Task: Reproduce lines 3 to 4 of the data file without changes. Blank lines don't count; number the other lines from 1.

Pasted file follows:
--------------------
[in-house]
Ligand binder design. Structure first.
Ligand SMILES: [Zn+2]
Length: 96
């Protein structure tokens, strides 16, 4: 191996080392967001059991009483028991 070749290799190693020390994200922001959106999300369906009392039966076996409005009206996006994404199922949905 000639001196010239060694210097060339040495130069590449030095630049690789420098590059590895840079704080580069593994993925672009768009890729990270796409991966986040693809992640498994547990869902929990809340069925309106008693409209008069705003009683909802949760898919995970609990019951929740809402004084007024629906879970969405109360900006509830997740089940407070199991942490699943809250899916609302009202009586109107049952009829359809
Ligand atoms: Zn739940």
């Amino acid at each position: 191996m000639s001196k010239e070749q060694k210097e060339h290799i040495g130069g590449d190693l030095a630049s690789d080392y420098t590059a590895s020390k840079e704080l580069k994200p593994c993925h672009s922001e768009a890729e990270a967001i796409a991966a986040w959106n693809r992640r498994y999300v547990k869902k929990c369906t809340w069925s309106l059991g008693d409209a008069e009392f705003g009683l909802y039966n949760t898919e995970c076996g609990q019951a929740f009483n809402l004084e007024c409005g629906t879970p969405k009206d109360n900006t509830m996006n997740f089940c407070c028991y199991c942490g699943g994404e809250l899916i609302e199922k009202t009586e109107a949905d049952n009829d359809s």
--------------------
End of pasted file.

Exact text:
Ligand SMILES: [Zn+2]
Length: 96